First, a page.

Medicinal Songs: Discourses of Music and Medicine in 17th-century England
Sarah Koval is a PhD Candidate in historical musicology at Harvard University. She is broadly interested in the role music played in discourses about the body in seventeenth-century Europe with a secondary interest in sound technologies and listening communities.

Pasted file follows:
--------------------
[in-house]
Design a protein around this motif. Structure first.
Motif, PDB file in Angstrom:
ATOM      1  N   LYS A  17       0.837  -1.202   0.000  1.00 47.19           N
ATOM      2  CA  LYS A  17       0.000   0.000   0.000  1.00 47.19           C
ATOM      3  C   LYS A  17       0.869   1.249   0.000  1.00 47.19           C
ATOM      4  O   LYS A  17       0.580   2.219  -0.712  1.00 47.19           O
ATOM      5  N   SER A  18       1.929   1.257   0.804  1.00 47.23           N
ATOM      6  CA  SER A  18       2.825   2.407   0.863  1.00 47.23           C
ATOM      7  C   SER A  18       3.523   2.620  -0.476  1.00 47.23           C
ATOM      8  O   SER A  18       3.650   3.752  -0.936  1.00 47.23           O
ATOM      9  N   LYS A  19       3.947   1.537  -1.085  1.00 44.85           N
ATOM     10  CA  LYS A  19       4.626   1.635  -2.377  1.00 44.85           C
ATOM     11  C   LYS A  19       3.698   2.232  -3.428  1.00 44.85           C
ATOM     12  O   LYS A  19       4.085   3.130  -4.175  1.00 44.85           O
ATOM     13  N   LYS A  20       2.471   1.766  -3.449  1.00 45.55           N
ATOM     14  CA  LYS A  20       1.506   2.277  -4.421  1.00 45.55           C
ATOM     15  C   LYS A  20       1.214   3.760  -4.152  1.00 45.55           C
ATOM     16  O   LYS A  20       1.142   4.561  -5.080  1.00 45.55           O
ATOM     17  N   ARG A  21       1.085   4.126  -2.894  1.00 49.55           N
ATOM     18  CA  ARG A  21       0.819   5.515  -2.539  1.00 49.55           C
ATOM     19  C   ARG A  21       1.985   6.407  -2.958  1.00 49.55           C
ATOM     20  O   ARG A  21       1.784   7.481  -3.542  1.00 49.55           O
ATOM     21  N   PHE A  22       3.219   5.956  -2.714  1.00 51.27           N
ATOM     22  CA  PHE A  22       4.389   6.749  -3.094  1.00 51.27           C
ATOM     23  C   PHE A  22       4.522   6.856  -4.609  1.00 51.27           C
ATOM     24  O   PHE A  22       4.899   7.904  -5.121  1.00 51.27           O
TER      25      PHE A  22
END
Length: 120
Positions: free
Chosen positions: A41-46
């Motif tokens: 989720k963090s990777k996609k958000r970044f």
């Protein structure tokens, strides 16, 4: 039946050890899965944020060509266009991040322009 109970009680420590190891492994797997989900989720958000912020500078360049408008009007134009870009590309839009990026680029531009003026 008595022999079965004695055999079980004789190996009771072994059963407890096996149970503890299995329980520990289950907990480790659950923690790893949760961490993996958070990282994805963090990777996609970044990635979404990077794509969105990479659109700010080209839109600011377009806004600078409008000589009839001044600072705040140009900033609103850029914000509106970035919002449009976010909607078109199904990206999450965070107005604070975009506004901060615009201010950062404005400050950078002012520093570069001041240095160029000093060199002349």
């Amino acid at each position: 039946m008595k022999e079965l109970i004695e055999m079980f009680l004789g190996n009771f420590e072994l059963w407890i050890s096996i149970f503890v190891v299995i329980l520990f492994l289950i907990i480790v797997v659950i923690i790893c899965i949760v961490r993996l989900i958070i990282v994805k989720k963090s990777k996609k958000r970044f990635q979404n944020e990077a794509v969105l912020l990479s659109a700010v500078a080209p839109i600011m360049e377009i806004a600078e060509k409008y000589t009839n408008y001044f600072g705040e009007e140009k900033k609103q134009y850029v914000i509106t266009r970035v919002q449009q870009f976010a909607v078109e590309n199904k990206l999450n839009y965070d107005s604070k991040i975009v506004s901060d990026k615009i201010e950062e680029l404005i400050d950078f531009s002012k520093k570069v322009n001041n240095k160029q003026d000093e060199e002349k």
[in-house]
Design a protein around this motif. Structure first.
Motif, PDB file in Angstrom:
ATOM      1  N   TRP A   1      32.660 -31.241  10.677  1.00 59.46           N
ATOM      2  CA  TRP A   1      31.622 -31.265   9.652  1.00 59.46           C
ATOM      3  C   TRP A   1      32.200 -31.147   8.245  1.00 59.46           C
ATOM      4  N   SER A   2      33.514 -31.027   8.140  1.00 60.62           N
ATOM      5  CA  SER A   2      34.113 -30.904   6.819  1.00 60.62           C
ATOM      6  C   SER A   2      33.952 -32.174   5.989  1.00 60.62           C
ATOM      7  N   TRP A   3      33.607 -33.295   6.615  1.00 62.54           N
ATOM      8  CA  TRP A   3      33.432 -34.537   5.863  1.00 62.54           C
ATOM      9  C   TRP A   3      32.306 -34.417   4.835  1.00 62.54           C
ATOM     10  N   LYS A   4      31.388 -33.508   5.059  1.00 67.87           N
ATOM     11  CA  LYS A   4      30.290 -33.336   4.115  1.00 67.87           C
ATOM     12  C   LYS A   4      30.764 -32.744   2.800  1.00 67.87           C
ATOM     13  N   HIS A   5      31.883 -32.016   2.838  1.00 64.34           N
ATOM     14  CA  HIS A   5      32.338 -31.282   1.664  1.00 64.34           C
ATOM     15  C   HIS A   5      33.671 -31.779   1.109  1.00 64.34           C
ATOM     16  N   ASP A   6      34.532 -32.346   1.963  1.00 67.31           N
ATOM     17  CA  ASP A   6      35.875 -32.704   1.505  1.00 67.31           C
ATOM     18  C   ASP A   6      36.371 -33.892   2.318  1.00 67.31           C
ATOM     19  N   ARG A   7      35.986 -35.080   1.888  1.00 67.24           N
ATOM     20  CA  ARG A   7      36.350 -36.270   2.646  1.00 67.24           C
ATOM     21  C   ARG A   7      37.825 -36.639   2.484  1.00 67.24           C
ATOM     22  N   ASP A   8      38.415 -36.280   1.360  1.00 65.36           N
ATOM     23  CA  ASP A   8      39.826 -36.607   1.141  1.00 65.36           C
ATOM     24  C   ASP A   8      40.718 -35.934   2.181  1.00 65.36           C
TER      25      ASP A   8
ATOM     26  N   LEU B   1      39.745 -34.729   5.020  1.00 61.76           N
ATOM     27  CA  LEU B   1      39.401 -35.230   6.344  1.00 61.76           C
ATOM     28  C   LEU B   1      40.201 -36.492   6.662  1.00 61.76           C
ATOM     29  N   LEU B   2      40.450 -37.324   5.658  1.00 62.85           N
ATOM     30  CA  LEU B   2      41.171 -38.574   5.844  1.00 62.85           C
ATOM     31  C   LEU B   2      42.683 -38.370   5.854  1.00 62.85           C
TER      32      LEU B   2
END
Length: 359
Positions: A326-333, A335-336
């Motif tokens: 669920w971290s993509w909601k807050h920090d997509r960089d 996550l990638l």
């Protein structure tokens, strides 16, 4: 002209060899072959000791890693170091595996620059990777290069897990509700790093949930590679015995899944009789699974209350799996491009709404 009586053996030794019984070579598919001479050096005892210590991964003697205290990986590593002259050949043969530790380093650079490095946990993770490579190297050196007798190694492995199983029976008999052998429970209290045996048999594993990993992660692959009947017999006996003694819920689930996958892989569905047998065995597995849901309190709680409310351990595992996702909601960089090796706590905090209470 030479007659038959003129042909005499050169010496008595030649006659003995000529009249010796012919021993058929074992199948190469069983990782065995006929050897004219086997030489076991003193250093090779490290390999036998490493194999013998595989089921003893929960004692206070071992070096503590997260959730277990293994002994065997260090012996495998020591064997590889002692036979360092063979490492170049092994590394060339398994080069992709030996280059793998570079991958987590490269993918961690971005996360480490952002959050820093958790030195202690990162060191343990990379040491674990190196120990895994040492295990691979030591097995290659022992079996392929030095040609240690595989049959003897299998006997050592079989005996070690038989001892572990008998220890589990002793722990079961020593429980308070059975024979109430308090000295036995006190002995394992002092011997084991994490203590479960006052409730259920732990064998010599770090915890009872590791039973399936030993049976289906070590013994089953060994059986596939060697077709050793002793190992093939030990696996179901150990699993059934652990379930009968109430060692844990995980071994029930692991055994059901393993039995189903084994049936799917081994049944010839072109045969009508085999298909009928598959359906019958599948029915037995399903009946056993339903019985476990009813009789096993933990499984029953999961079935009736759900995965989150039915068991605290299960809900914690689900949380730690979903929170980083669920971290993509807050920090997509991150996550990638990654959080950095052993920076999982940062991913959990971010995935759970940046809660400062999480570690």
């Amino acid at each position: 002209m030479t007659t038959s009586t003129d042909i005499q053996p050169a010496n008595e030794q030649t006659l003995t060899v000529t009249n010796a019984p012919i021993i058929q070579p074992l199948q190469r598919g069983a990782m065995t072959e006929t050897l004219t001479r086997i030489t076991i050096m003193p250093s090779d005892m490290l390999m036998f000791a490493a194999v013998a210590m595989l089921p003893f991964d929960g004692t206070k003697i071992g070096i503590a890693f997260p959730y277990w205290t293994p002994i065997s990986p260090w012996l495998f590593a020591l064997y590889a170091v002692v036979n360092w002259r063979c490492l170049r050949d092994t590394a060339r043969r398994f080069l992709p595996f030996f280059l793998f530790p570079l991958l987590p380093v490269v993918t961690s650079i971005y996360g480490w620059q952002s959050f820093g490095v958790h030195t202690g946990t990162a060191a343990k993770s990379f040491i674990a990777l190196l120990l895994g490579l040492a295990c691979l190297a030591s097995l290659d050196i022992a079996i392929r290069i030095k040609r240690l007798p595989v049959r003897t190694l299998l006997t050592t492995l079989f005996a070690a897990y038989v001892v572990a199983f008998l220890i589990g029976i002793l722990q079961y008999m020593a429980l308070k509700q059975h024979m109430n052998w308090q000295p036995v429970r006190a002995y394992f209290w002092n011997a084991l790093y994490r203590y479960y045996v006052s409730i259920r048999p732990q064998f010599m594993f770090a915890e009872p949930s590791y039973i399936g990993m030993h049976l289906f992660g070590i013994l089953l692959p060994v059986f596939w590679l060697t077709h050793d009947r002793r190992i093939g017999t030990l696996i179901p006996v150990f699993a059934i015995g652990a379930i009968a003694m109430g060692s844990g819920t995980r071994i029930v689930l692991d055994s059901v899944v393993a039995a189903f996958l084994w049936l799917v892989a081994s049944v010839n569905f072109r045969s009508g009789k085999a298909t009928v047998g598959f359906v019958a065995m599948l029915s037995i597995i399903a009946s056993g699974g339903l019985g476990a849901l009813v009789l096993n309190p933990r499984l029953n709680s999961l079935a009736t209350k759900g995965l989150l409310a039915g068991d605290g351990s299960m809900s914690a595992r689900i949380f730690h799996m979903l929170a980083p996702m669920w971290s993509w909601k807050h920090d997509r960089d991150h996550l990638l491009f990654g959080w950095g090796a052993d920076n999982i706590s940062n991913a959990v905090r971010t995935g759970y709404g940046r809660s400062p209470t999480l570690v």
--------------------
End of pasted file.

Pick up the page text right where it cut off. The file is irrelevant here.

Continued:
Sarah's dissertation takes stock of music’s role in the production and transmission of knowledge about the body in seventeenth-century England with a focus on the households in and around London. She aims to establish a historical and theoretical framework that will enable further research on the intersections between musical aesthetics, artisanal knowledge, and scientific conceptions of the human body. Sarah investigates how practical music making informed medical discourse by studying lectures given by medical professionals on the properties of music, accounts of music played at the gatherings of medical societies, printed pamphlets that advertised songs as ingestible pills, and the hymns copied painstakingly into household collections of medical recipes.